That's why he founded Reef Check. Realizing that one man's chore might be another's hobby, Hodgson decided to fill the information gap by enlisting people who were naturally interested: divers. In 1997 he created a global network of volunteer snorkelers and divers, specially trained by scientists to monitor reefs using a standardized checklist. Over the last 10 years, Reef Check's volunteers have amassed a bounty of data on the world's coral. "In the beginning, people were looking down on us, saying 'Oh, you guys are just volunteers,'" Hodgson recalls. Now, Reef Check has become one of the primary sources of scientific information about coral health.
Why the need to monitor coral so closely? Coral reefs constitute a complex and vast global ecosystem, home to millions of species of plants and fish that people depend on for food and tourist revenue; in some areas, healthy reefs help protect the shore from potentially destructive waves. But arguments about the preservation of biodiversity make eyes glaze over, so Hodgson, who's trying to get coral on the World Conservation Union's red and endangered species lists, likes to point out that several anticancer drugs are derived from reef species. "Maybe one day a coral will save your life," Hodgson tells skeptics. "That gets to people."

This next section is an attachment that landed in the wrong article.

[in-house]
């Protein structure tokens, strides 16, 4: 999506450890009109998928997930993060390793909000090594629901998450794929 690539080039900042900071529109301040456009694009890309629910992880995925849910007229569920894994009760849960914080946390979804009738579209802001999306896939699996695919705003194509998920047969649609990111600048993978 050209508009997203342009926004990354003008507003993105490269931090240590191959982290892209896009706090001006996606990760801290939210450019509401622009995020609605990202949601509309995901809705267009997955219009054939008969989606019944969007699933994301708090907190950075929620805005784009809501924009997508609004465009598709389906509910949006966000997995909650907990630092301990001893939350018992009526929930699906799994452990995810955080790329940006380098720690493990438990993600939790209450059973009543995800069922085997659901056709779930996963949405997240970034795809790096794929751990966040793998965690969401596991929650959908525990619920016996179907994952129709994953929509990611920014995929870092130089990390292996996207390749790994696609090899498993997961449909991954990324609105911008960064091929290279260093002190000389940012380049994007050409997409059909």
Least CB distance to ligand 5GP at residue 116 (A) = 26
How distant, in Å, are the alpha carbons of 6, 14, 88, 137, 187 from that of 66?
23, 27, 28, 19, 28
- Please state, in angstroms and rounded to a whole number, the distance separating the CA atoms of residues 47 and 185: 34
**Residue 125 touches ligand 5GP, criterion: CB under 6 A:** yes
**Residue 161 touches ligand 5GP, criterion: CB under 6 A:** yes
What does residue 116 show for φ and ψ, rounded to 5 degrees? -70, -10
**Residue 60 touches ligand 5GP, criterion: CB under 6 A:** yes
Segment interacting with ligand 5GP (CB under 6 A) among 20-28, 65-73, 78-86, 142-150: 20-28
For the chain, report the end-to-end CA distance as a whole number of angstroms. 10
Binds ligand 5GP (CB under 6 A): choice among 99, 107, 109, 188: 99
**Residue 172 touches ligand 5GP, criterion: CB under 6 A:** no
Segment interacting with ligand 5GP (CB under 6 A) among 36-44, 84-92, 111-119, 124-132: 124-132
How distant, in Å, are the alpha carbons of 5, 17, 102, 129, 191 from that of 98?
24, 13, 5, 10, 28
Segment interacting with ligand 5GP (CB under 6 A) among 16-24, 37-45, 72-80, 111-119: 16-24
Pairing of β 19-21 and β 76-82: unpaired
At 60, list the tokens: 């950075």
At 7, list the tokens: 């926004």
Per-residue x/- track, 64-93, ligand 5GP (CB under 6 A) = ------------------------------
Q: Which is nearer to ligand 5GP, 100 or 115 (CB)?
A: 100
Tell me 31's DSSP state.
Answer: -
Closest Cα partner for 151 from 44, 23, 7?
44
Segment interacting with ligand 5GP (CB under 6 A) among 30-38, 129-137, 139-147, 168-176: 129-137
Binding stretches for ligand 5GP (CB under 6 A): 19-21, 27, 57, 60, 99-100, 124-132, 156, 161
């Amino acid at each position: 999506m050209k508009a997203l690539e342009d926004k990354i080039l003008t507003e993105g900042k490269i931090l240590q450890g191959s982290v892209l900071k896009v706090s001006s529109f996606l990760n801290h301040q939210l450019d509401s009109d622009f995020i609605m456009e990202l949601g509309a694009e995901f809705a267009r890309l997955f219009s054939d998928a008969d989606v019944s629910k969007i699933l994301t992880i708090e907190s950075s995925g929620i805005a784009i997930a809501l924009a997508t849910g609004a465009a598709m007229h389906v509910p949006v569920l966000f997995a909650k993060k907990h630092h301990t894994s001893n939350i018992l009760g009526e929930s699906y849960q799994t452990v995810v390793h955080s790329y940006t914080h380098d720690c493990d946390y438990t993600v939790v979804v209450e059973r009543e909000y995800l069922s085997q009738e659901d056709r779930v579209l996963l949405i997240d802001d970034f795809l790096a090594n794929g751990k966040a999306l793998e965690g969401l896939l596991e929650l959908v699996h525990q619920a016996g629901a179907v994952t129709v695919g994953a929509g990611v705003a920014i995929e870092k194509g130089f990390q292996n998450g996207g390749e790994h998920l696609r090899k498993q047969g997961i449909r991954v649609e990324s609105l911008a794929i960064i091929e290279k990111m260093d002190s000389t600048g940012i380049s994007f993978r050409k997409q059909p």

Perhaps the single best advocate for the preservation of coral reefs is the reefs themselves. In many parts of the world, conservationists are letting the natural beauty and allure of the reefs which generate about $1.6 billion annually in tourist dollars do the talking for them. In one area of the Philippines, for instance, local leaders asked fishermen who had been making a living by blast-fishing, which destroys reefs, to trade in their trawlers for dive boats. They did, the fish came back to the reefs, the local economy flourished and everybody tourists, residents, and coral ecologists alike was happy. In cases like these, one hand washes the other, says NOAA's Eakin. "If healthy coral reefs are your bread and butter, you're going to make sure they're in good shape."
It remains to be seen whether local solutions, like ecotourism or the establishment of marine parks, will create lasting changes. No one knows when the warm waters causing the current bleaching epidemic will recede, and once coral starts dying in warm currents, there isn't a lot that scientists can do but sit back and watch. Some reefs may recover, but others won't, and researchers are still trying to figure out why. "I don't think there's any way you can manage for a global effect locally," says Bruno, the author of the UNC report. He thinks the root cause of disappearing coral is, in the end, climate change, which can be addressed only by a worldwide effort to cap fossil-fuel use and pass stringent climate change legislation. "If we only manage locally, [we] will be totally overwhelmed over the next century."